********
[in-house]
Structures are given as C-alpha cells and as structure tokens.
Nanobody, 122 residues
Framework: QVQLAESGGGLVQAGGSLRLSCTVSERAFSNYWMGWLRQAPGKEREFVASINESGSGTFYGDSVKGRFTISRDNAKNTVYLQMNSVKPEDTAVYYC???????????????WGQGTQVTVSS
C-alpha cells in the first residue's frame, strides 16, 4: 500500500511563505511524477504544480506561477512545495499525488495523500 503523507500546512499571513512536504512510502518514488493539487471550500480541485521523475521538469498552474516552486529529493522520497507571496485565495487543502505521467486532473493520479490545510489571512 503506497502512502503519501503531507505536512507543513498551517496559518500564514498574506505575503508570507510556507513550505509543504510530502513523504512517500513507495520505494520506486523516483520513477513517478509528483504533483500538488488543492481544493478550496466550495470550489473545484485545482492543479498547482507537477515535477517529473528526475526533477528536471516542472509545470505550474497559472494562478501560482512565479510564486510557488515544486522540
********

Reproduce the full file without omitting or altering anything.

[in-house]
Structures are given as C-alpha cells and as structure tokens.
Nanobody, 122 residues
Framework: QVQLAESGGGLVQAGGSLRLSCTVSERAFSNYWMGWLRQAPGKEREFVASINESGSGTFYGDSVKGRFTISRDNAKNTVYLQMNSVKPEDTAVYYC???????????????WGQGTQVTVSS
C-alpha cells in the first residue's frame, strides 16, 4: 500500500511563505511524477504544480506561477512545495499525488495523500 503523507500546512499571513512536504512510502518514488493539487471550500480541485521523475521538469498552474516552486529529493522520497507571496485565495487543502505521467486532473493520479490545510489571512 503506497502512502503519501503531507505536512507543513498551517496559518500564514498574506505575503508570507510556507513550505509543504510530502513523504512517500513507495520505494520506486523516483520513477513517478509528483504533483500538488488543492481544493478550496466550495470550489473545484485545482492543479498547482507537477515535477517529473528526475526533477528536471516542472509545470505550474497559472494562478501560482512565479510564486510557488515544486522540